- Choose heart healthy foods. Diabetes can increase our risk of developing heart complications later in life, which is why it’s important to maintain optimal cholesterol levels and blood pressure to avoid these. Remember to include a small amount of healthy unsaturated fats (e.g. nuts, avocado, oily fish, olive oil) and limit foods high in saturated fats, trans fats and salt (e.g. processed foods, deep-fried foods, bakery goods, fatty cuts of meat).
- Watch the sugar. Whilst sugar can form part of a healthy, balanced diet – the key is to focus on where your sugar is coming from and how much you consume. ’Natural’ sugars are found naturally in foods such as fruits, vegetables and dairy products. These sugars come with a range of beneficial nutrients like fibre, vitamins and minerals, which are good for our health. ’Added’ sugars are those added to foods and beverages by food companies (e.g. soft drinks, lollies, chocolates) or by us (e.g. honey, table sugar). High intakes of added sugars may lead to weight gain, tooth decay and increased blood sugar levels, which is why it’s best to limit intake of these sugars.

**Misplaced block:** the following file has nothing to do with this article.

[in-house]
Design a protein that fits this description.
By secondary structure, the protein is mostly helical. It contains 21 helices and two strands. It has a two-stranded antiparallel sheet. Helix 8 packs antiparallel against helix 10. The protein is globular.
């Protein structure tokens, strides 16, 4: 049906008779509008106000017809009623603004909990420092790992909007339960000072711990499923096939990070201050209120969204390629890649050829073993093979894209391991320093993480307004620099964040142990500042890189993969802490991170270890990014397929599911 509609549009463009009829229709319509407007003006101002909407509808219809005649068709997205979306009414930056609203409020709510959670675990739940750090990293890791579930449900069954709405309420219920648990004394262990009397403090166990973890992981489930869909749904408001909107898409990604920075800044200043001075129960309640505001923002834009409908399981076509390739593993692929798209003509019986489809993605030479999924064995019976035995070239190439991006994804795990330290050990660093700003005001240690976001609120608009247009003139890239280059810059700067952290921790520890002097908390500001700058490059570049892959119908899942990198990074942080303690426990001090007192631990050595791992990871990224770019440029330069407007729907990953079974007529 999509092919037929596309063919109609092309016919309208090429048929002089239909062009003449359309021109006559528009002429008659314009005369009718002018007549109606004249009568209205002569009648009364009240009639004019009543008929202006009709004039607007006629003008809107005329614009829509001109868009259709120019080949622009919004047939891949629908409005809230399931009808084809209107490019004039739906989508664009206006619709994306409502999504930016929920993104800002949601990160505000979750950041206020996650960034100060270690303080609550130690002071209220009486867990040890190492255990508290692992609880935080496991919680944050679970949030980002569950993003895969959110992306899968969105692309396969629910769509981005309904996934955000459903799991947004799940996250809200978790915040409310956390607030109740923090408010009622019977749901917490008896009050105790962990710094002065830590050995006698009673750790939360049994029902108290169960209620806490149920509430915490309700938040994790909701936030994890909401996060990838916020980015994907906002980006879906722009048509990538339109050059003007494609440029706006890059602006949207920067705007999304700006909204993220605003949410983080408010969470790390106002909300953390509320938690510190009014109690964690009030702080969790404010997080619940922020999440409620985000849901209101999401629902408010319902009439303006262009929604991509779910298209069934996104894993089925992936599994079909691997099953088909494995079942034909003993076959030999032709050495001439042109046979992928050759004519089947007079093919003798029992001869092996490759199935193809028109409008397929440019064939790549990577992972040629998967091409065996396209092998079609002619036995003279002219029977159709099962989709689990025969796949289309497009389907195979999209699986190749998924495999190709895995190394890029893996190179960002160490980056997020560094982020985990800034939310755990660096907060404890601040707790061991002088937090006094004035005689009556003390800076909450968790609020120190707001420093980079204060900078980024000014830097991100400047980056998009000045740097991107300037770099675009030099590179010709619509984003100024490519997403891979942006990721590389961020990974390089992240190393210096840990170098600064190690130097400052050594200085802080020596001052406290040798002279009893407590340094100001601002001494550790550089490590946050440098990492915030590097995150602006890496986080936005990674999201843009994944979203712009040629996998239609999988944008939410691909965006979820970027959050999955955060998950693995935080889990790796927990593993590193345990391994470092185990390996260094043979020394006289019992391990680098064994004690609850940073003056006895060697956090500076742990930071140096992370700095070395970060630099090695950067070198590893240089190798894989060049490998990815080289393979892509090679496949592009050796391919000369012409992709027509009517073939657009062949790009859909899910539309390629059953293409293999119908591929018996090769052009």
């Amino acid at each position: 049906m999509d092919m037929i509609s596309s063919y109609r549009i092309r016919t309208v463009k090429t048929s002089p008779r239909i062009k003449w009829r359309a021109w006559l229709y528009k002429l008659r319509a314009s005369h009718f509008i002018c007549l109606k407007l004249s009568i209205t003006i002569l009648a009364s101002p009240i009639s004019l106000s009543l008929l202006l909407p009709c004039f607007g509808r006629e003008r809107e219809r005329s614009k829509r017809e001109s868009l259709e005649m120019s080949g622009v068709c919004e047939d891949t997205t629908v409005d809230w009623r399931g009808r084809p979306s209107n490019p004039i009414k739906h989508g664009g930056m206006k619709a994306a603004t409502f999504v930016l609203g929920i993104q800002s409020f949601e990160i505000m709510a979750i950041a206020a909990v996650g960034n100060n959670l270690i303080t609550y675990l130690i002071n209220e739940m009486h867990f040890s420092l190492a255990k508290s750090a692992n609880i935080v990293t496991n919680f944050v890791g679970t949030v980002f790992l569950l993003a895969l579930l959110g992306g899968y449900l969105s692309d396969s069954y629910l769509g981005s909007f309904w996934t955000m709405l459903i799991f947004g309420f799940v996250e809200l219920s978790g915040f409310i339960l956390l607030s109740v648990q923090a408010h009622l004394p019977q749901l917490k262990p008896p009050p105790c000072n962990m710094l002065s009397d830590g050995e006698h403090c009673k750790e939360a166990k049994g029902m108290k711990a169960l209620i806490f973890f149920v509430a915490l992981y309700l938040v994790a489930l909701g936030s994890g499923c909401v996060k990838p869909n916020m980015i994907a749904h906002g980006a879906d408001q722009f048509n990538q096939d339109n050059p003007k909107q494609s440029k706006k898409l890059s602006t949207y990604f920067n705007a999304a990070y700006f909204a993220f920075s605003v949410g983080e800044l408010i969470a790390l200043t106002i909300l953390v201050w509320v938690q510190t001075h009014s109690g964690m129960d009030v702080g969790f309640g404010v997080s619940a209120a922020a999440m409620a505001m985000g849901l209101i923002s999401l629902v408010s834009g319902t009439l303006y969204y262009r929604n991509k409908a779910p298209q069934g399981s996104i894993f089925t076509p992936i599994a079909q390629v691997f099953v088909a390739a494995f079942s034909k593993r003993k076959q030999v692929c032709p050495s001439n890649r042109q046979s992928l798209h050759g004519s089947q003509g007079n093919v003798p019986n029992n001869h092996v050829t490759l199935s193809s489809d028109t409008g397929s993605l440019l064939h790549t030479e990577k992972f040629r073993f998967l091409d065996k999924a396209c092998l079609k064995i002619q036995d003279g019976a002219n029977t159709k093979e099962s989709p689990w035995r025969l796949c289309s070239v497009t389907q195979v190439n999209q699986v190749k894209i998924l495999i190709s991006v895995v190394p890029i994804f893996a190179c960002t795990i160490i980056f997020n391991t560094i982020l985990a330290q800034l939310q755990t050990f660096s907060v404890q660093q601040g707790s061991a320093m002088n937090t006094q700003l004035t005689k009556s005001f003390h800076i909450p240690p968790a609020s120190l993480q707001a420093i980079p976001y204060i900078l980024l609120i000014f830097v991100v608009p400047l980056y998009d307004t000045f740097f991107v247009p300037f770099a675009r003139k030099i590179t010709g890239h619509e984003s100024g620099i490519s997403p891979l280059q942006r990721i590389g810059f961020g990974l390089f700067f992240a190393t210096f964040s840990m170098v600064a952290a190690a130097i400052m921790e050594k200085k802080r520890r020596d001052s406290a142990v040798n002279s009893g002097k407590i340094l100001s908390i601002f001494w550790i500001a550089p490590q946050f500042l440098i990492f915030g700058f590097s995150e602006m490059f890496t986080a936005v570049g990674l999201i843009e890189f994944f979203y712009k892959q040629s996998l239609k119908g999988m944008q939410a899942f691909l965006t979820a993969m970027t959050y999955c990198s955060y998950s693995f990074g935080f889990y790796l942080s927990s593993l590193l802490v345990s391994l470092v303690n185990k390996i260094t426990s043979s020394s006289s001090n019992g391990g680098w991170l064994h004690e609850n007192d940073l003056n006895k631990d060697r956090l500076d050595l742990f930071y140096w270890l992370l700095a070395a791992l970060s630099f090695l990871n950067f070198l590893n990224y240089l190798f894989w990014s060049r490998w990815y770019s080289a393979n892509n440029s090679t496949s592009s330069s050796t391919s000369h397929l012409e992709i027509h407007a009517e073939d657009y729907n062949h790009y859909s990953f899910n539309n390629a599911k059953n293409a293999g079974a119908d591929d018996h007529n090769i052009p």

- Stay hydrated. Adequate hydration is crucial to allow our body’s to function at their best. On average, we require approximately 2L (8 glasses) of water each day (depending on age, gender and activity level). Choose plain water most of the time, you can add fruit pieces for flavour if desired.
- Reduce alcohol. If you choose to drink alcohol, limit your intake. Current guidelines recommend no more than two standard drinks a day, with at least two alcohol free days per week.
- Achieve and maintain a healthy weight. Maintaining a healthy weight is a proven way to reduce the risk of developing Type II diabetes and also to reduce the risk of developing complications associated with diabetes. Loosing just 10% of body weight if you are overweight is enough to make significant improvements to your blood sugar control and overall health.
- Stay active. Enjoying regular physical activity should be part of your diabetes management or prevention plan, as exercise helps to keep your body fit and healthy. Try going for walk with a friend, walking your dog, or swimming.
About Hit 100:
Hit 100, Australia’s only meal delivery service catering specifically for the increasing number of people living with diabetes (Type 2, Type 1 and Gestational) and pre-diabetes, was founded by a team of passionate diabetes experts wanting to improve the health of our nation.